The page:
Conclusions and Relevance
Patients with cN+ esophageal adenocarcinoma benefit significantly from neoadjuvant chemoradiation. However, patients with cN− tumors treated with neoadjuvant chemoradiation plus surgery do not derive a significant OS benefit compared with surgery alone. This finding may have significant implications on the use of neoadjuvant chemoradiation in patients with cN− disease.
Neoadjuvant chemoradiation for esophageal adenocarcinoma is common practice for patients with locally advanced and/or node-positive tumors, which is reflected in the current guidelines of the National Comprehensive Cancer Network.1 There have been several randomized clinical trials that support neoadjuvant therapy for esophageal adenocarcinoma prior to surgical resection.2-5Quiz Ref ID However, many of these studies included patients with both adenocarcinoma and squamous cell carcinoma. For example, one of these trials, performed by the Chemoradiation for Oesophageal Cancer Followed by Surgery Study (CROSS) Group, included patients with either esophageal adenocarcinoma or squamous cell carcinoma who had clinical stage T1N1 or T2-3N0-1 disease without metastatic disease.3 The CROSS Trial results showed improved long-term oncologic benefits for patients treated with preoperative weekly paclitaxel and carboplatin with radiation compared with patients treated with surgery alone.3 However, when survival outcomes were analyzed by histology, neoadjuvant chemoradiation appeared to benefit adenocarcinoma to a significantly lesser degree than squamous cell carcinoma. There is also a paucity of data regarding which patient population among locally advanced and/or node-positive esophageal adenocarcinomas derive more benefit from neoadjuvant therapy.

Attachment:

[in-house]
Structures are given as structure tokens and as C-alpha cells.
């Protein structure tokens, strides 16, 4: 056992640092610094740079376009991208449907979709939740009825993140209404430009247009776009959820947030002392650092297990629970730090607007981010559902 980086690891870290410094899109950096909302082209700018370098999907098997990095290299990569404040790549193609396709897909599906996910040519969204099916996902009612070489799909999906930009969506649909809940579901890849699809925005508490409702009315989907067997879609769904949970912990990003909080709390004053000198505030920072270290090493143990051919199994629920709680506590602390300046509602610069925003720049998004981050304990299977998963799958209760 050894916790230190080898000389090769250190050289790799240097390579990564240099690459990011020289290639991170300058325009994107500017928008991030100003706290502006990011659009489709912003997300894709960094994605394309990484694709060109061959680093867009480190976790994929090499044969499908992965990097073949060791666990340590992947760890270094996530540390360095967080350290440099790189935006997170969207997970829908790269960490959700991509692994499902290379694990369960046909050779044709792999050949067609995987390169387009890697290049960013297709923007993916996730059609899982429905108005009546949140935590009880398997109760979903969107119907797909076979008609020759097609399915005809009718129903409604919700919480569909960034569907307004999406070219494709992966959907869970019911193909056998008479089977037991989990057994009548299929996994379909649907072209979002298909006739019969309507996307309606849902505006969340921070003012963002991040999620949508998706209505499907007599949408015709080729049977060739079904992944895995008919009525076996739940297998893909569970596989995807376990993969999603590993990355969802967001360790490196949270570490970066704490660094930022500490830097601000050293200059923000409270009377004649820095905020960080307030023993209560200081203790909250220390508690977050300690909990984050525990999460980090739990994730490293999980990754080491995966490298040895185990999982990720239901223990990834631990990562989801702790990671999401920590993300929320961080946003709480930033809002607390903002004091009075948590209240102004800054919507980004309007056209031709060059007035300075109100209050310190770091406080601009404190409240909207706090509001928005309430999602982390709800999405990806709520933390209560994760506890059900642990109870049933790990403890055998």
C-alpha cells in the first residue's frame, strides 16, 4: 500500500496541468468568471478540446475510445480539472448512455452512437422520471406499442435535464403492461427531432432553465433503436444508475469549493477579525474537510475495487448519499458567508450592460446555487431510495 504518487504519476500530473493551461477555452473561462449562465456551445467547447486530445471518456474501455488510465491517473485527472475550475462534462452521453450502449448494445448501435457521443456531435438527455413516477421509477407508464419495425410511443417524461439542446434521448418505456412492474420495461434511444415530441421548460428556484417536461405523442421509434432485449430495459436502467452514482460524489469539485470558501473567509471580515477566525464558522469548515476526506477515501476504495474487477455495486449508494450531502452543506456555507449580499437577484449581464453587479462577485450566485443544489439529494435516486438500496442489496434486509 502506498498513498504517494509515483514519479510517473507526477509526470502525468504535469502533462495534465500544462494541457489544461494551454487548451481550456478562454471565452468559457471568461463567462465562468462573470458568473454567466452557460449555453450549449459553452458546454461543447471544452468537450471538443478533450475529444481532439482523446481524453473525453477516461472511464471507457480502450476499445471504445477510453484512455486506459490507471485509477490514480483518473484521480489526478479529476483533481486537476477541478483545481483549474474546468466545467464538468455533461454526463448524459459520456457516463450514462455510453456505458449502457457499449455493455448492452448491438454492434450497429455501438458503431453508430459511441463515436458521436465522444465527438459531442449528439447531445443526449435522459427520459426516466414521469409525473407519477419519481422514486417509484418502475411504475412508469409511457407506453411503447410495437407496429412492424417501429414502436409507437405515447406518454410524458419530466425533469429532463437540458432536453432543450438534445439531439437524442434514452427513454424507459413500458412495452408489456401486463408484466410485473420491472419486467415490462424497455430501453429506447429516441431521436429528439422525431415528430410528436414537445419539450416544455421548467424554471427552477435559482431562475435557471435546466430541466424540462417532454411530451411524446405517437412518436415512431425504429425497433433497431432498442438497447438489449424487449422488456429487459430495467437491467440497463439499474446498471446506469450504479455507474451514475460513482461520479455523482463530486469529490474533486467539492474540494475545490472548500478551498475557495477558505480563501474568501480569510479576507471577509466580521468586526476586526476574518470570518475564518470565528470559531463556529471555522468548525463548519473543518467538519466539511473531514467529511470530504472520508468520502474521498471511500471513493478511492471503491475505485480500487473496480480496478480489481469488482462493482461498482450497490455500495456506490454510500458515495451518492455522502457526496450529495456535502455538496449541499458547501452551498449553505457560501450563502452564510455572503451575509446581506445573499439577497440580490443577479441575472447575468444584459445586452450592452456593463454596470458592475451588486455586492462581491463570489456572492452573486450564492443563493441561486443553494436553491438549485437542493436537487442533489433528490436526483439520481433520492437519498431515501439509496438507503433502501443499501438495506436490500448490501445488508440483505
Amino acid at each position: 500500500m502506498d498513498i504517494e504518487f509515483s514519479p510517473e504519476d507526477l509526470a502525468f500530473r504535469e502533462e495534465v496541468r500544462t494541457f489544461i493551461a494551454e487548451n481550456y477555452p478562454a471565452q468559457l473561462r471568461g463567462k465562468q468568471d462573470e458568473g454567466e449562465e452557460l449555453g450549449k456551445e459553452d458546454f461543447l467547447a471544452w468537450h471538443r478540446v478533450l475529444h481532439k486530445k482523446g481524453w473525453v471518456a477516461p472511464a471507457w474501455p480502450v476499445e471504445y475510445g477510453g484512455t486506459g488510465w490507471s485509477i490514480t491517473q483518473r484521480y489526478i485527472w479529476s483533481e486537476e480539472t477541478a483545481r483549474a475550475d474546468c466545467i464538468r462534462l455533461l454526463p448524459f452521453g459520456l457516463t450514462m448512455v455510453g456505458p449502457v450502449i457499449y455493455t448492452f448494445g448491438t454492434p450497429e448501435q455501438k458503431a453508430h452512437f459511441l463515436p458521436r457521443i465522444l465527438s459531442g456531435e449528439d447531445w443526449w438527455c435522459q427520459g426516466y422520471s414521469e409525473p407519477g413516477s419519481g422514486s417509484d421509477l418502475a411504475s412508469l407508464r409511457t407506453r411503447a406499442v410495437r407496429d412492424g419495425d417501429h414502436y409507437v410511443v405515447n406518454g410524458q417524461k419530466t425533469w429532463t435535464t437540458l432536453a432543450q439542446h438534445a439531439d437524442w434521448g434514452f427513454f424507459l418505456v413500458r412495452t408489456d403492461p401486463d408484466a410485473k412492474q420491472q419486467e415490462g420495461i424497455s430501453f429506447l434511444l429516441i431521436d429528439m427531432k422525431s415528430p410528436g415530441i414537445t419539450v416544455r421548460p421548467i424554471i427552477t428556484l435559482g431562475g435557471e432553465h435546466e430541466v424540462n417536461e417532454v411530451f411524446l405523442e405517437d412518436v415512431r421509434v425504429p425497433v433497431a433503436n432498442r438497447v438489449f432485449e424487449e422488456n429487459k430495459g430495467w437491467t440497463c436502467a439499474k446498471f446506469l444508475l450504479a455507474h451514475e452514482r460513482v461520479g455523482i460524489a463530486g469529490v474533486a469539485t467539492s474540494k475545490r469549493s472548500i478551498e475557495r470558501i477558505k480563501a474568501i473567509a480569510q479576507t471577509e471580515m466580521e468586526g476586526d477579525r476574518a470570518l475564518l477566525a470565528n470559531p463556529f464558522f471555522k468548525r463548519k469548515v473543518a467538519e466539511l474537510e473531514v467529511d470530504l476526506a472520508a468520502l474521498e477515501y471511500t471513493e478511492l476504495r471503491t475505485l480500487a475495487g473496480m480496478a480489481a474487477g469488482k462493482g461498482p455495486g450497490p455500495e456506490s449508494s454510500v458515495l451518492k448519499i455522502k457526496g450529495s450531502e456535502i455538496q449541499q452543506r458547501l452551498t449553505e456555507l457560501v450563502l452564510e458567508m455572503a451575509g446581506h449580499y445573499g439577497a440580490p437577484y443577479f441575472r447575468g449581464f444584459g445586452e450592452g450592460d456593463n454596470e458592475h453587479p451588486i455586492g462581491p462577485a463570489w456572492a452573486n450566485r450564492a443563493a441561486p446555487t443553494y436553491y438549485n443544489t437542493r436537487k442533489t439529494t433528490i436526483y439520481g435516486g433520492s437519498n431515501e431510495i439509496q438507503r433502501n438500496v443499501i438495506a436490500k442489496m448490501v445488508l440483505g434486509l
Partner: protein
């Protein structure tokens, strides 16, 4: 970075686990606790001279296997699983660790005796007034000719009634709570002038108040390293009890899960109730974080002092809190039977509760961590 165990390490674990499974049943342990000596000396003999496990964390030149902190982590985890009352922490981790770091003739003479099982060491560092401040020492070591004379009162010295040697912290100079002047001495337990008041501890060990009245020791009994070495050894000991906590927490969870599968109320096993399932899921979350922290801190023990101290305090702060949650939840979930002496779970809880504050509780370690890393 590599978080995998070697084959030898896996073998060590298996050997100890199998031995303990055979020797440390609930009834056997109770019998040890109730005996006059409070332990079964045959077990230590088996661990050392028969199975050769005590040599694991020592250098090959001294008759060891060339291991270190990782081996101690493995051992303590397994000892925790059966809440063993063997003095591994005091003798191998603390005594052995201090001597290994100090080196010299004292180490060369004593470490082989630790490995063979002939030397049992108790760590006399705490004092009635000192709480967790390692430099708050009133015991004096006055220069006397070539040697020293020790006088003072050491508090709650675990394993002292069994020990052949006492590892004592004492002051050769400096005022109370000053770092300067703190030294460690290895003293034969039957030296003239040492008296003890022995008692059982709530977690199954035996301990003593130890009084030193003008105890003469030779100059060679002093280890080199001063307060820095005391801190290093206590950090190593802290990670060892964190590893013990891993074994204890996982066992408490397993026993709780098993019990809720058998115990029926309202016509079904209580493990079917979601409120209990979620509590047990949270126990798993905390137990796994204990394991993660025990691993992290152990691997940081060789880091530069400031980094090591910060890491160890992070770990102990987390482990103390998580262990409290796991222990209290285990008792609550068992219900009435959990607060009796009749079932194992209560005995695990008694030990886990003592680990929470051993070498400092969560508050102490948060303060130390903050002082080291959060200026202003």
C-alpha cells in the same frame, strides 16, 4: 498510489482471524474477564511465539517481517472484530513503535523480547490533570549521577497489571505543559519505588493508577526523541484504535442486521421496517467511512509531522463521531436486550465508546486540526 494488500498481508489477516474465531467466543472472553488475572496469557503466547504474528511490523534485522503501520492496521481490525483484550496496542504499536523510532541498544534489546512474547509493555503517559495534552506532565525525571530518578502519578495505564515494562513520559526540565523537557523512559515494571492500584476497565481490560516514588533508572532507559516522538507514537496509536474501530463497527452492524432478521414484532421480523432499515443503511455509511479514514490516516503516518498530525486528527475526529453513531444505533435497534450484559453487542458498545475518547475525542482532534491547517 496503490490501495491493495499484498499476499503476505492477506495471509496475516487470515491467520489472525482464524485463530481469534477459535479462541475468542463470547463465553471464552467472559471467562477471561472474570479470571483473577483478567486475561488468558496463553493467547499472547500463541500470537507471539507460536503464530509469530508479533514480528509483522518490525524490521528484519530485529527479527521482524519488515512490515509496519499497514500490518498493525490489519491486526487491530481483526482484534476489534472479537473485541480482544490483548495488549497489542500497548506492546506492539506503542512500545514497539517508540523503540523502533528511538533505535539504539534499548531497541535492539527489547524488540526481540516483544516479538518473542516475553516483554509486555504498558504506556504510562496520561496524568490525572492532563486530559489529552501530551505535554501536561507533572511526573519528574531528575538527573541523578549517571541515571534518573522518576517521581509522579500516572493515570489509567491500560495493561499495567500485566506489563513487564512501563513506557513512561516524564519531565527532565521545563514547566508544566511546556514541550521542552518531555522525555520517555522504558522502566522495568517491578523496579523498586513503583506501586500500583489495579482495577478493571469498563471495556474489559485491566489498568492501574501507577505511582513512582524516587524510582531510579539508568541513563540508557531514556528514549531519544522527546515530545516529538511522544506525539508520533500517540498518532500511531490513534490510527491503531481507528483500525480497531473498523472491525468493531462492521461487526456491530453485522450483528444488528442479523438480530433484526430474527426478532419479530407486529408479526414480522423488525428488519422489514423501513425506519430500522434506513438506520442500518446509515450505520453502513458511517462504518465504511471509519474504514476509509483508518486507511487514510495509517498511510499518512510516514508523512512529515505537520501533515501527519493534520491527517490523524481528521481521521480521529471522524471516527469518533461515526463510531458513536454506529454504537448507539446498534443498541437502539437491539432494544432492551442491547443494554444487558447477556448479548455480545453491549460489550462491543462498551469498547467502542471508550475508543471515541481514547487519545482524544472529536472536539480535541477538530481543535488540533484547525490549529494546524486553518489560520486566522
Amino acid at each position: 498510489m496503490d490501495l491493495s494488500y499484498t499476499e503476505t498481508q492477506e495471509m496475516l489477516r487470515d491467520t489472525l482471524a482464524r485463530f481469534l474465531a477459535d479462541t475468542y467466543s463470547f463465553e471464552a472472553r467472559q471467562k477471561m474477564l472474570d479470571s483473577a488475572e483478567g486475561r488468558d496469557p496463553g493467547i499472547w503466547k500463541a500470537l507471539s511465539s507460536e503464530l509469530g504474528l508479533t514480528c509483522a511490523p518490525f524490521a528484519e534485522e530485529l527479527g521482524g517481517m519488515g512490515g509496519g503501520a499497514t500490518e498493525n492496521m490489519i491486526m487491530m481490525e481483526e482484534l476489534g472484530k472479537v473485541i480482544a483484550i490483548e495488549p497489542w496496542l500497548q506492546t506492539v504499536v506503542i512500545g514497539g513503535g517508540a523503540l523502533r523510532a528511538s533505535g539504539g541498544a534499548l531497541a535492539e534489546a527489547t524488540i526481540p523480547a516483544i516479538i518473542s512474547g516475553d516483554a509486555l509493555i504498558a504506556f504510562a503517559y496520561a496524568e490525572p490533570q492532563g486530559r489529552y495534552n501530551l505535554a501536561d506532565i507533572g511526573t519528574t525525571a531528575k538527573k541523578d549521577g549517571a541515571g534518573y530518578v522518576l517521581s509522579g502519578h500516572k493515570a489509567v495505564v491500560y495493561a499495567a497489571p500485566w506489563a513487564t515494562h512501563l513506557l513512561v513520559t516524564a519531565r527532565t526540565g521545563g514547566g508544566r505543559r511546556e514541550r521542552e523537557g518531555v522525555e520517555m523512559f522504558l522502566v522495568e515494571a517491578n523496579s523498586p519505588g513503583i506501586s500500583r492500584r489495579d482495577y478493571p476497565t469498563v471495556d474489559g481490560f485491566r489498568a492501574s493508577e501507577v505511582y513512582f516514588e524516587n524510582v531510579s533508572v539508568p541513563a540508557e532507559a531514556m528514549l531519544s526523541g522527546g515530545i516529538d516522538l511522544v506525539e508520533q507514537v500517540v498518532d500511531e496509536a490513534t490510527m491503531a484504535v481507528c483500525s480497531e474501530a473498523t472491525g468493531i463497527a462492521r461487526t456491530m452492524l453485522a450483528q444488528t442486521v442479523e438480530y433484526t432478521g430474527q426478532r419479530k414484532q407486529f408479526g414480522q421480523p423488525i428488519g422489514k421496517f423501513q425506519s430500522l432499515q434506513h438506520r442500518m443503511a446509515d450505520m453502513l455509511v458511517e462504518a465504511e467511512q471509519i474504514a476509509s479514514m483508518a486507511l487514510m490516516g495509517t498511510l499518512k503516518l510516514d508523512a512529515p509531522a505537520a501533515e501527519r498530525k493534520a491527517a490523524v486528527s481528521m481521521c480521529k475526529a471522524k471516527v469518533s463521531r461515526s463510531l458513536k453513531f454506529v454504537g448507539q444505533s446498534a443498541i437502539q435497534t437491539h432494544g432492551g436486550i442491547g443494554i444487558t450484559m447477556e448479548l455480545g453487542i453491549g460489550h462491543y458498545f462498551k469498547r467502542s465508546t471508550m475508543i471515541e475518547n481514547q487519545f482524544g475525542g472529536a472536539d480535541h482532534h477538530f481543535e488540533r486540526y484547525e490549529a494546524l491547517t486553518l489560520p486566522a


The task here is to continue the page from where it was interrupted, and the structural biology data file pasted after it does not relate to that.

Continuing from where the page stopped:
The focus of this study was to use a large nationwide database to delineate the effects of neoadjuvant chemoradiation on patients with esophageal cancer of adenocarcinoma histology, with the specific aim to characterize the survival in patients with clinical node-positive disease (cN+) compared with clinical node-negative disease (cN−).